I always remember Guy Carbonneau as a fearless shot blocker. He was the defensive forward extraordinaire in his prime, but he may be the greatest shot blocker of all time. He knew how to time the perfect drop. Countless bruises led to a lot of wins and 3 Stanley Cups.
Carbonneau of course grew into the role as top defensive forward after learning from the best. Not surprisingly, during the Montreal Canadiens dynasty of 1970s featured strong penalty killing, and Doug Jarvis and Bob Gainey were responsible for that. Carbonneau and Mike Keane formed an effective tandem, both in Montreal and Dallas.
Notice how a great penalty kill seems to coincide with team success? It is almost impossible to be a Stanley Cup champion with poor penalty killing.Nick Metz and Joe Klukay in Toronto in the 1940s; Marty Pavelich and Tony Leswick in Detroit in the 1950s; Claude Provost and Ralph Backstrom in Montreal and of course Dave Keon in Toronto in the 1960s; Don Luce and Craig Ramsay in Buffalo, and Bobby Clarke and Bill Barber with Philadelphia, in the 1970s; Dave Poulin and Brian Propp in Philadelphia in the 1980s; and Kris Draper and Kirk Maltby in Detroit in the 1990s. Steve Yzerman also deserves credit for being a big part of the Detroit penalty kill in their heyday.
In the past two seasons Ottawa has had the best penalty kill unit in the NHL, and that was a big reason why they were in the Stanley Cup final in 2007. As such, Mike Fisher, Chris Kelly, Daniel Alfredsson, Antoine Vermette and now departed Peter Schaefer are also worthy as candidates as the greatest penalty killing tandems, at least in the current era.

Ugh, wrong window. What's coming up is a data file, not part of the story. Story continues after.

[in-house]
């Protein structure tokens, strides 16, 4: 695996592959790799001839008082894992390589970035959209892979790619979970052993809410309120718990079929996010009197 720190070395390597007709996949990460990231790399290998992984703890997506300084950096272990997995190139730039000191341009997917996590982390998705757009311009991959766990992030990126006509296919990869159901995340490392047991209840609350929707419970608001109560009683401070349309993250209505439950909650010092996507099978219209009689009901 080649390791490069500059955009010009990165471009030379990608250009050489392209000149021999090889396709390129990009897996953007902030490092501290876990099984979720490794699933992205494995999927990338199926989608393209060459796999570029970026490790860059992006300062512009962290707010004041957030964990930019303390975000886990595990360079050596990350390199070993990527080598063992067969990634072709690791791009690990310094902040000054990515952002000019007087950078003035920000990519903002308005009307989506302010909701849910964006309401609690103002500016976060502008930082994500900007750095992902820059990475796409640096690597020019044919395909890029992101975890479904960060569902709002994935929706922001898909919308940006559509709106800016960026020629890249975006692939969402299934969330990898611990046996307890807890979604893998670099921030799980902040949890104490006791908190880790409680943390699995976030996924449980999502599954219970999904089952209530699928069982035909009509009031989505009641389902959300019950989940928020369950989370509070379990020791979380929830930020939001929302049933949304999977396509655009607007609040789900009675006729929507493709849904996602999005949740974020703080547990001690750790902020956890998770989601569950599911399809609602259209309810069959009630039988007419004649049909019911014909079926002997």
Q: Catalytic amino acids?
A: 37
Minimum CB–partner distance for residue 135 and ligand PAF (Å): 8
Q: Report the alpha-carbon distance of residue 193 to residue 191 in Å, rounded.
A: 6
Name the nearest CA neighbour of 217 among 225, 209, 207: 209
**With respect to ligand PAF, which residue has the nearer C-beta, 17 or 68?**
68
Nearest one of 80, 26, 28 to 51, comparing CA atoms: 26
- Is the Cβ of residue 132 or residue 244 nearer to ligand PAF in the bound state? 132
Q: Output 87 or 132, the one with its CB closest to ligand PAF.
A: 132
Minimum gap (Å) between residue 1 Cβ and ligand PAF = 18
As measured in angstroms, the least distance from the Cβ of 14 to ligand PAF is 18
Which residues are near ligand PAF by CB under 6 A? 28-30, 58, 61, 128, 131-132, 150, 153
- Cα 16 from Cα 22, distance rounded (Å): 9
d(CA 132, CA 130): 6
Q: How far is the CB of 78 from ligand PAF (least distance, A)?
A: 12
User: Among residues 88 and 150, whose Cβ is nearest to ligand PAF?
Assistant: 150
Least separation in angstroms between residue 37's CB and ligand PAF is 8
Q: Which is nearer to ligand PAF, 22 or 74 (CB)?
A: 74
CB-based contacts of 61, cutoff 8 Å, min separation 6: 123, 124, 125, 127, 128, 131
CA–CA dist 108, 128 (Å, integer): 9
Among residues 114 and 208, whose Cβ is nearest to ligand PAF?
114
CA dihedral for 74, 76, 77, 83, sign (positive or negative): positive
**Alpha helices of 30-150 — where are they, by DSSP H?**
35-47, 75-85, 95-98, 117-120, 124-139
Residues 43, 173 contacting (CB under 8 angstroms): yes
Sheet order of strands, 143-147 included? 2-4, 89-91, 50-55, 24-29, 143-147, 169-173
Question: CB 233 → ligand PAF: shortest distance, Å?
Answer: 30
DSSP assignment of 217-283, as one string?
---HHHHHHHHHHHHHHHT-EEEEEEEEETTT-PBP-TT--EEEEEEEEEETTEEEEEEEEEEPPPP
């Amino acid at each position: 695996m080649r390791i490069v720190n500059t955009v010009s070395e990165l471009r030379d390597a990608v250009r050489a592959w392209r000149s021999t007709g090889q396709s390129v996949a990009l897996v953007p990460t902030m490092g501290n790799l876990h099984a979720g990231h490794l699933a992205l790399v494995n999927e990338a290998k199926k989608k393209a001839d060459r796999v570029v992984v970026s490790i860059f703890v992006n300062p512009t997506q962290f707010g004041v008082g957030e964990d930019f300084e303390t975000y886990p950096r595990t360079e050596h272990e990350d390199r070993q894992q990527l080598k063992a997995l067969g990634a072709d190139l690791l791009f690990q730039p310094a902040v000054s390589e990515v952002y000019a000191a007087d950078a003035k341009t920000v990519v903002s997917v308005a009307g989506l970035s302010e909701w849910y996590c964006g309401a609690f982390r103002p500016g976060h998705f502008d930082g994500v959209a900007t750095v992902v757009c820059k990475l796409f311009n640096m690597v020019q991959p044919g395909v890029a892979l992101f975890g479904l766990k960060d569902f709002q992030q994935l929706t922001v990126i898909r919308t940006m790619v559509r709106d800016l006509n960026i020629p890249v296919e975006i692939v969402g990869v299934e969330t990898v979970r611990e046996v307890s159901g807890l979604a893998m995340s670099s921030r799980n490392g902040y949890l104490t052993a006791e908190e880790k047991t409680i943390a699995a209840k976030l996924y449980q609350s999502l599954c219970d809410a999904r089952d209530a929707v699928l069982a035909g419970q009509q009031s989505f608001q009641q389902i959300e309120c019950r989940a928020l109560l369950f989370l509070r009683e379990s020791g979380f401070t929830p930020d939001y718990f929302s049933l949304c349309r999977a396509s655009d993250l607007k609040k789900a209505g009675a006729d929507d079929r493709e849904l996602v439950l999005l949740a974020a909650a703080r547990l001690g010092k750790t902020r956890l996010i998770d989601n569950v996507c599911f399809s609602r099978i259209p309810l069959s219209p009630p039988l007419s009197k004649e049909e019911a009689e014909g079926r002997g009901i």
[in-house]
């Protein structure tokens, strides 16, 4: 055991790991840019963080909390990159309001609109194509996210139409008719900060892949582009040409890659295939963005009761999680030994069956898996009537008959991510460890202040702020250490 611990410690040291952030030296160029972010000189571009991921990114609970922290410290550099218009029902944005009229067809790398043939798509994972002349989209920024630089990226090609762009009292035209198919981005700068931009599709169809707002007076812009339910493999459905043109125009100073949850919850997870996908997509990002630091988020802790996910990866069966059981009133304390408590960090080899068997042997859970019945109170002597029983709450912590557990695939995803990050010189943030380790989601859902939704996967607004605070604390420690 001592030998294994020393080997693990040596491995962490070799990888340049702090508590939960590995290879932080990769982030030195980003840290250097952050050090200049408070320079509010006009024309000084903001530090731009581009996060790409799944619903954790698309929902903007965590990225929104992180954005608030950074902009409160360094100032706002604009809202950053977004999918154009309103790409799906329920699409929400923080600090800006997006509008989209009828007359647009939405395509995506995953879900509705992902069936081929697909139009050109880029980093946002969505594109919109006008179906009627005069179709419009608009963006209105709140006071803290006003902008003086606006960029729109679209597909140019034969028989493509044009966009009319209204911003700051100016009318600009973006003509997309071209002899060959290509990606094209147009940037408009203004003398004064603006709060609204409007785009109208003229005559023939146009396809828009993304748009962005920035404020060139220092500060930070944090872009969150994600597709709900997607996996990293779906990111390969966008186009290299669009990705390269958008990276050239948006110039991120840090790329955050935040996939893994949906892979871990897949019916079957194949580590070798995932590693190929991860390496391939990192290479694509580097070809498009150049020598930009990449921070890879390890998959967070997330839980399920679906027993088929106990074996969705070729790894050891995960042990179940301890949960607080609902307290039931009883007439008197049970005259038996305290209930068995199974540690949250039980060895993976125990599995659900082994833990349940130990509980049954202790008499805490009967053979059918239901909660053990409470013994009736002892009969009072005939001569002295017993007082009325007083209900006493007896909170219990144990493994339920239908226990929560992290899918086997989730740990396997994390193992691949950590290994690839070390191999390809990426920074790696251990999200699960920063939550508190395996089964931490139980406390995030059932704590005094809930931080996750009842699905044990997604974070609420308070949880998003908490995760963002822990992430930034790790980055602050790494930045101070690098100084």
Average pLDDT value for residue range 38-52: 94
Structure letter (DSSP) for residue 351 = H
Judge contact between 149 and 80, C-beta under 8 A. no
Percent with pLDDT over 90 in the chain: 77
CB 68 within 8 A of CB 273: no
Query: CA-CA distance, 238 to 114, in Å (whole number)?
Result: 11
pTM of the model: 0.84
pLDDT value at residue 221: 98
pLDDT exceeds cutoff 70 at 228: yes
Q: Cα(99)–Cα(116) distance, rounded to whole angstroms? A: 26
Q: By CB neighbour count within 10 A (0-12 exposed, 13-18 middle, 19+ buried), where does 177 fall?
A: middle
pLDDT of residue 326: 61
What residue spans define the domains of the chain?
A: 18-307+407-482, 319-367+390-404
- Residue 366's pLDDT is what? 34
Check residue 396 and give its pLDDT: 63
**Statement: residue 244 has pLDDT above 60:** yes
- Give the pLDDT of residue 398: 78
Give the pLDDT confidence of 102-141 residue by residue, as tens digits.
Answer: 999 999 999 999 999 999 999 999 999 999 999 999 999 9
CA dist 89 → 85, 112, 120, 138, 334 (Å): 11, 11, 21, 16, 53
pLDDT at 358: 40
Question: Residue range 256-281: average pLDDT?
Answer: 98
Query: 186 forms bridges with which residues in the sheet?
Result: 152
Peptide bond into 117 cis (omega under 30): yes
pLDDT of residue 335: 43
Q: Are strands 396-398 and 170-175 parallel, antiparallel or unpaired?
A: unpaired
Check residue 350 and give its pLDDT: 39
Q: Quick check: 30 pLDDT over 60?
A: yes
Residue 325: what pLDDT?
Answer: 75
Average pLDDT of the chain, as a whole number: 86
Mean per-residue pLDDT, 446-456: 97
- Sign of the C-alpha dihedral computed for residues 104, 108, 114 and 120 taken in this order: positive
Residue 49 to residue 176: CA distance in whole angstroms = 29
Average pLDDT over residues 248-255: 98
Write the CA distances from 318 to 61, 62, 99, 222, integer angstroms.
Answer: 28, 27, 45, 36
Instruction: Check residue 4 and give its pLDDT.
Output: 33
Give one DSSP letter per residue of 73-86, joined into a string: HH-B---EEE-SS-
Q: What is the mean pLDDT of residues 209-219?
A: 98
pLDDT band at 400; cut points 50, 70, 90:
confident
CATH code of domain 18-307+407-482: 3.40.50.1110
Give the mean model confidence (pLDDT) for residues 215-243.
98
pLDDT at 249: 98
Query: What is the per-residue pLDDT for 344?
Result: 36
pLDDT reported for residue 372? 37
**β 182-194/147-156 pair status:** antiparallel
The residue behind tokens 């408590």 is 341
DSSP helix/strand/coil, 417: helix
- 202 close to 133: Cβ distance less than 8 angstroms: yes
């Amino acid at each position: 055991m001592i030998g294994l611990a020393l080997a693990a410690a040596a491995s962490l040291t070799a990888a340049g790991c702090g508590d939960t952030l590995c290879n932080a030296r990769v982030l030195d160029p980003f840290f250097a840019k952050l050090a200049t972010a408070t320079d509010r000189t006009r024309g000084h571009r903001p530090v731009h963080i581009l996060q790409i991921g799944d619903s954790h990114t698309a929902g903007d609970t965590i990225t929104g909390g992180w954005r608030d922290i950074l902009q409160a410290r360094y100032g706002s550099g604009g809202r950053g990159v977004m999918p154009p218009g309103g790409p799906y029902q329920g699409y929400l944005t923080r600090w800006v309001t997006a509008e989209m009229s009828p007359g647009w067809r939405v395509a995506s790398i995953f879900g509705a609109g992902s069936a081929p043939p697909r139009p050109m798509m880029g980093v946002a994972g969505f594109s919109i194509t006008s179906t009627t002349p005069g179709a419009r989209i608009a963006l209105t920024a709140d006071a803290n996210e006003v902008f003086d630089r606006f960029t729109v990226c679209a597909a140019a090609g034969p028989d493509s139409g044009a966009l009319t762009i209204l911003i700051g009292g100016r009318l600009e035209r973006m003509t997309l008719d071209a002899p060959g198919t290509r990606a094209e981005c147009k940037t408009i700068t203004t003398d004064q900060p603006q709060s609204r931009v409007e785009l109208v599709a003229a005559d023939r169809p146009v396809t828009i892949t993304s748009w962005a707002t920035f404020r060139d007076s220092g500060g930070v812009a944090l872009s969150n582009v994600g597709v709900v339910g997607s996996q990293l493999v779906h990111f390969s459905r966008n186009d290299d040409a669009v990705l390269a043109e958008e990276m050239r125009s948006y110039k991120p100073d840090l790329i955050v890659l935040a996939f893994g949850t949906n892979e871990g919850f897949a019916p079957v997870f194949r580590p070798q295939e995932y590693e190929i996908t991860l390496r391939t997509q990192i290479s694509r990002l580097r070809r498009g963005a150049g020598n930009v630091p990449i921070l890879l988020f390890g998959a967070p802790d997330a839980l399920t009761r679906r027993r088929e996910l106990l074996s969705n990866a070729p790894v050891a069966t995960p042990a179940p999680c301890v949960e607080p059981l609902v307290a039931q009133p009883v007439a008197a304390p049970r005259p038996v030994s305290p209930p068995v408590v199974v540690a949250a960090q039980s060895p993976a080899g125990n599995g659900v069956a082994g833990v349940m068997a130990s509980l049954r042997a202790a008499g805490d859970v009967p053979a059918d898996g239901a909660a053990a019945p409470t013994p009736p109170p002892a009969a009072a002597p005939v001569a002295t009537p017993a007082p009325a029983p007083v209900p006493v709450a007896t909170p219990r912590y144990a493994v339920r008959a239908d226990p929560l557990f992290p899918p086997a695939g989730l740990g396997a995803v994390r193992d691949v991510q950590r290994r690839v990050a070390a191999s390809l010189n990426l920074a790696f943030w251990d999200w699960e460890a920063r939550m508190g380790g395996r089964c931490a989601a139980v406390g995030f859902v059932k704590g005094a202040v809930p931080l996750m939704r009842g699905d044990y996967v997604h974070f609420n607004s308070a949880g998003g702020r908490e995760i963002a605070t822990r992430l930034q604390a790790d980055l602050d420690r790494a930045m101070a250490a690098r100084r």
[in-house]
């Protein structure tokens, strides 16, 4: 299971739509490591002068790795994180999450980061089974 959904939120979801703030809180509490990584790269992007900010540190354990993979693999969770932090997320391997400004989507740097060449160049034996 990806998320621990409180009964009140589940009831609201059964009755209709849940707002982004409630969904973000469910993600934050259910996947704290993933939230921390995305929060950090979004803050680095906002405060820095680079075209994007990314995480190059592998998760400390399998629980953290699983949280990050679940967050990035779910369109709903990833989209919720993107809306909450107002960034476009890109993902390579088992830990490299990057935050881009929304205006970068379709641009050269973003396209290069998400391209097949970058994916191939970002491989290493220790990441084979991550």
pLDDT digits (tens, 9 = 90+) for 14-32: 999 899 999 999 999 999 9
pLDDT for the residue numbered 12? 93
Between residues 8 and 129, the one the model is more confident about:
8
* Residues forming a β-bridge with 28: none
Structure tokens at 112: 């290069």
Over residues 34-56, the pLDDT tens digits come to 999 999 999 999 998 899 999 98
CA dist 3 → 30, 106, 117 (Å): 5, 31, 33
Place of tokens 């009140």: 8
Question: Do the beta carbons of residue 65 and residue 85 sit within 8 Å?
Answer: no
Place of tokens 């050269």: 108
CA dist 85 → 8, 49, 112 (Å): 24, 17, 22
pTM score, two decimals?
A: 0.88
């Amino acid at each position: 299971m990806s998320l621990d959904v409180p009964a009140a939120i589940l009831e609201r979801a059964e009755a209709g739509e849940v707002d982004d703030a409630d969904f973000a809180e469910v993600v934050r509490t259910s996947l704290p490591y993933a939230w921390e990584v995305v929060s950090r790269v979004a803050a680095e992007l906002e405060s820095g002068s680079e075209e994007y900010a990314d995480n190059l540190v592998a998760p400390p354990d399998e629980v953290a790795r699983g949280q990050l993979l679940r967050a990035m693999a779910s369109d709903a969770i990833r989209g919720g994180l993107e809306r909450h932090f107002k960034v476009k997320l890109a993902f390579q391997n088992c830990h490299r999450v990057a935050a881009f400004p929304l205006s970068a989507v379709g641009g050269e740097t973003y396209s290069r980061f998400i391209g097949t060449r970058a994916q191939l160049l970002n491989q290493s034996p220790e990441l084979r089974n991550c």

Other than Orr, I've only looked at forward tandems. Two defensemen almost always are part of the penalty kill unit, but often they don't get credit as being penalty killing specialists. Often the job falls to the team's best defensemen, who also often happens to be an all star known for far more than penalty kills. Guys like Ray Bourque, Denis Potvin, Chris Chelios, Niklas Lidstrom and Al MacInnis were/are regulars on the PK but better known for their offense.
Defensemen who immediately jump to my mind as penalty kill specialists include Brad Marsh, Kjell Sameulsson, Adam Foote, Bill Hajt, Terry Harper, Craig Ludwig, Dallas Smith, Scott Stevens and Rod Langway. Note how traditionally a top PK defender is big, physical and a great shot blocker. Their job is traditionally to clear the front of the net, block shots and fire the puck out of the zone.
To conclude my look at penalty killing specialists, here's a look at the top scoring short-handed players of all time, heading into the 2007-08 season. Active players are marked with an asterisk:
1. Wayne Gretzky 73
2. Mark Messier 63
3. Steve Yzerman 50
4. Mario Lemieux 49
5. Butch Goring 40
6. Dave Poulin 39
7. Jari Kurri 37
8. Sergei Fedorov 36*
9. Theo Fleury 35
9. Dirk Graham 35
11. Derek Sanderson 34
11. Pavel Bure 34
13. Joe Sakic 32*
13. Peter Bondra 32
13. Bobby Clarke 32
13. Guy Carbonneau 32
13. Brian Rolston 32*
17. Dave Keon 31
17. Bill Barber 31
20. Mats Sundin 30*
20. Russ Courtnall 29
20. Bob Pulford 29
20. Craig MacTavish 29
20. Esa Tikkanen 29
25. Dave Reid 28
25. Jeremy Roenick 28*
25. Mike Modano 28*
25. Mark Howe 28
25. Bernie Nicholls 28
P.S. - A good trivia note: Theo Fleury once scored 3 SH goals in a single game!